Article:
One idea would be to have the glider in a cage or home that goes with him to the new home. Gradual transference to a new cage and return of the cage (or have it purchased outright) might prevent the major stress of moving. Also, we have had success in rabbits that presented with mucohemorrhagic diarrhea from moving stress by treating immediately with enrofloxacin (Baytril) twice daily orally for 7 days. Some relapse later and die.

Hope these ideas help.

Brett Hayward, DVM

Blindness / Cataracts

In another article in the August 1994 issue of Exotic Market Review Linda Watkins told about her discovery that overweight mothers can produce offspring that have white eyes, or white spots "floating" in their eyes. The ones with white eyes were completely blind. Her vet determined that the white was fat buildup, and she felt it is probably due to too much fat in the mother's diet.

In a July 1995 article she also talked about babies born with "white" (no black tip) tails. For some reason, these babies seemed to develop cataracts when they get older. Linda found that feeding the parents diluted (half water) carrot juice every day until the baby was weaned seemed to help prevent the cataracts from developing. The babies were given the carrot juice until at least a month after weaning.

UPDATE There are subspecies of gliders (Petaurus breviceps ariel, I believe) that have white-tipped tails. I doubt it was really linked to blindness, more likely her gliders had some ariel bloodlines!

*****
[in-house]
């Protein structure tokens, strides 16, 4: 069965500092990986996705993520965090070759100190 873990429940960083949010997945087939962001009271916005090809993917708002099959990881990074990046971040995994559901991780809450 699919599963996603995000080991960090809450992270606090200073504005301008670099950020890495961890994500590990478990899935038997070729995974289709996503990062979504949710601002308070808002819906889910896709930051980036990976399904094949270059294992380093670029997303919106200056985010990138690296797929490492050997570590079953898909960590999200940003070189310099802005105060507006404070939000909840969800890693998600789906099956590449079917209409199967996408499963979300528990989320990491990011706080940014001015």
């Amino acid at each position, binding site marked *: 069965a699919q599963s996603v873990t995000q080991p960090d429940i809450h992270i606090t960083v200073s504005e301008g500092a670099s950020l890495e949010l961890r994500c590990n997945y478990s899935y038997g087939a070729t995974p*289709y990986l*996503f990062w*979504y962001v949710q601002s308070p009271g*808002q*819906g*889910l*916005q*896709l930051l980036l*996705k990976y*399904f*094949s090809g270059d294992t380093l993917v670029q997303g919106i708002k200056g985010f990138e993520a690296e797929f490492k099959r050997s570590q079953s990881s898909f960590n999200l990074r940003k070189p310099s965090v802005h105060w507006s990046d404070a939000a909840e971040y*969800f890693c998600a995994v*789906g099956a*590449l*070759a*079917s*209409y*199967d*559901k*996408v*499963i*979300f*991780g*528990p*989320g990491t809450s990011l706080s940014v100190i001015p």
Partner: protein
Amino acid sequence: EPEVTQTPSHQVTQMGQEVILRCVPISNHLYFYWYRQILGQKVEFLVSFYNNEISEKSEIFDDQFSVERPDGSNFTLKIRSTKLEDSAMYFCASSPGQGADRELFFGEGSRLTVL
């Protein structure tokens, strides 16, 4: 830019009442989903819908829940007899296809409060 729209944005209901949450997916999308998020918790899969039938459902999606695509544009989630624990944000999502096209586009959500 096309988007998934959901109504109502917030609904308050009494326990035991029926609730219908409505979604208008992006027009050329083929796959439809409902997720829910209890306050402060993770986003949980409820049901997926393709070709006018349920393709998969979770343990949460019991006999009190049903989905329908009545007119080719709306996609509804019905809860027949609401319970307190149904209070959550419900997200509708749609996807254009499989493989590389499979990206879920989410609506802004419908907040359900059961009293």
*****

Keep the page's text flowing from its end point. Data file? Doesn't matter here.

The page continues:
I've seen paintings of three subspecies, in an old old book owned by another breeder. One of them was more tan in color, with yellowish undersides, and one had white-tipped tails. The third looked more like the gliders we have. My friend was so intrigued when she first saw the book that she actually traveled to Indonesia to see the gliders there. She told me she saw many different subspecies of sugar gliders. Ours are probably a mixture, so it's not surprising that oddities like white-tipped tails and tan gliders crop up once in a while.

Herniated or Inverted Pouch

I've received letters from several glider owners asking about this condition in their females. I have no information other than knowing that apparently it can happen. A trip to the vet would definitely be in order on this one!